Google has long been a leader in the social software field, but it has never found the success that Facebook claims. Years ago, Google’s social software site Orkut emerged and quickly sank in the sea of competition here in the US. Globally, however, it remains one of the top 100 web destinations. It’s the top social software site for users in countries as diverse as Brazil and Estonia.  Google Buzz is a social software tool that’s integrated with Gmail. When Buzz was released the buzz about privacy problems almost killed it. But the signal to noise ratio in the Buzz conversation stream remains high because of the interesting people who choose to participate. Google+ with its emphasis on privacy moves Google a giant step further than Buzz in the social software race.

Right now in Wisconsin we are using Facebook as an organizing tool for our recall elections. The groups that share information have emerged organically from the huge population of Facebook users. I wonder what it will take to see that kind of organizing and community development happen on Google+.

More about Zuck


“Does he give Gen Y a bad name as a pompous millennial, with a robber baron mentality or is he an American hero and inspiration?”
Under30CEO

You can click on the above picture to display it full-sized in all its snarky goodness. I ran across it on Facebook so I have no clue regarding its provenance or any copyright associated with it.

In the nineteenth century in the United States, a class of wealthy industrialists arose. This exclusive class included men such as John D. Rockefeller, Cornelius Vanderbilt, and Leland Stanford. People called them “robber barons.” Does Mark Zuckerberg qualify, or is he a just another Interwebz rich kid, out of his depth when it comes to intentionality, a golden puppet dancing to the tune of his investors? In the seventies, after the Stanford “Indian” mascot was declared terminally incorrect, students held a vote to identify a new mascot. Their choice: “The Robber Barons.” The humorless administration voided the election and the school has been without a mascot since that day. This may or may not be relevant.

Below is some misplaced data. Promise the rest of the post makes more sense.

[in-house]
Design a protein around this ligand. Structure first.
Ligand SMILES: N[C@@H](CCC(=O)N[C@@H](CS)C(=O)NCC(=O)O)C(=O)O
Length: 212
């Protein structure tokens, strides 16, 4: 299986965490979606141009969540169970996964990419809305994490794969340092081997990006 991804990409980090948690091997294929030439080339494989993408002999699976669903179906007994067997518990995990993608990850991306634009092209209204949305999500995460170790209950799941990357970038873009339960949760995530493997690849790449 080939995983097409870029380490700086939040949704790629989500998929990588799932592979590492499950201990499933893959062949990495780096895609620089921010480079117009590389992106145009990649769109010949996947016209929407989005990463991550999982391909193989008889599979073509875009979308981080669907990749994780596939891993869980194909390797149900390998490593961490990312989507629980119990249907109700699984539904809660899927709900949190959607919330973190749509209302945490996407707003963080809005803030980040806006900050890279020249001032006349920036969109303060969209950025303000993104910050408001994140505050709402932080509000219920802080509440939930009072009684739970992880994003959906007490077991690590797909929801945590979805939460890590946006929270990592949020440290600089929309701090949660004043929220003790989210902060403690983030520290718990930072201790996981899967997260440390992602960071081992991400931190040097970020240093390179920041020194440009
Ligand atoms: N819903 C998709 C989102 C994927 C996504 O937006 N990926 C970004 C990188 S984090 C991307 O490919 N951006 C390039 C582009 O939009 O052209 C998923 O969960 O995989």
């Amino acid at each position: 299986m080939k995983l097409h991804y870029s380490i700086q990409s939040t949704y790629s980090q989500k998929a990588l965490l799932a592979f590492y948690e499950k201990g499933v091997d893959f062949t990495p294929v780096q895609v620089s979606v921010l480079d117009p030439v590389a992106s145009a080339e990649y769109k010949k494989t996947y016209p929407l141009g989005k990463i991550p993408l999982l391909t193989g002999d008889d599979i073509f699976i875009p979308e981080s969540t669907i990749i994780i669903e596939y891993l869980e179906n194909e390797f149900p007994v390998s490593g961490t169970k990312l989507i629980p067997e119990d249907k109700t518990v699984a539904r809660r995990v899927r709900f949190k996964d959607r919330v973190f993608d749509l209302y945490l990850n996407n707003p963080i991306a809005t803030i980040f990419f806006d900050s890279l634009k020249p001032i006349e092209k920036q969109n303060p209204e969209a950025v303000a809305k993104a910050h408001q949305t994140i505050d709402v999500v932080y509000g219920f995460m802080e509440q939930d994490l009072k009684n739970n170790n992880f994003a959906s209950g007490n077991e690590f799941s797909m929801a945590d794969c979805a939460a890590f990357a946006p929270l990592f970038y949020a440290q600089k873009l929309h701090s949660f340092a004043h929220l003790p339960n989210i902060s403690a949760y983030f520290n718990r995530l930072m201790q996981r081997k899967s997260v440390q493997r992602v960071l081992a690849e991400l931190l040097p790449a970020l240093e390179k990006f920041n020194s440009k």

Globalization has brought us a new generation of robber barons, the Russian oligarchs. With a magic woven of equal parts free market entrepreneurialism, KGB savvy, and the brutality of organized crime, these bad boys bought up the best real estate in London in the nineties and settled in for the long haul. They are not alone. Forbes lists 937 global billionaires, powerful people who have accumulated limitless wealth. Mark Zuckerberg is the youngest among them, and among the most recent arrivals.

In an ironic juxtaposition of historical proportions, Zuck’s main competition for youngest on the billionaire list is H.H. Prince Albert, the 12th Prince of Thurn und Taxis, whose fortunes can be traced back to 12th century Lombardy. The Thurn und Taxis fortune was rooted in the fifteenth century postal service established by the scion of the family. For the next 500 years the service prospered. Now, while Zuck tries to pick up the messaging business where Thurn und Taxis left off, Prince Albert has moved on to a massive investment in solar energy in Bavaria.

Whether we call them “robber barons” or “oligarchs,” is wealth alone sufficient to mark a person as a member of the power elite? Is membership in that class a marker of evil? Does a world with six or seven billion people really need a privileged 1000 who control the lion’s share of global wealth? The answer to each of these questions is probably “no,” but does it even matter? Alfred Chandler, a history professor from Harvard University (Zuck’s alma mater, a school frequently called “the Stanford of the East”) put it this way: “What could be less likely to produce useful generalizations than a debate over vaguely defined moral issues based on unexamined ideological assumptions and presuppositions?”

Does anybody know when the Facebook movie will be available on Netflix? I’m sure it contains everything anybody really needs to know about Zuck.

My name is Frank and I am a PC

A message from the upgrade bunker…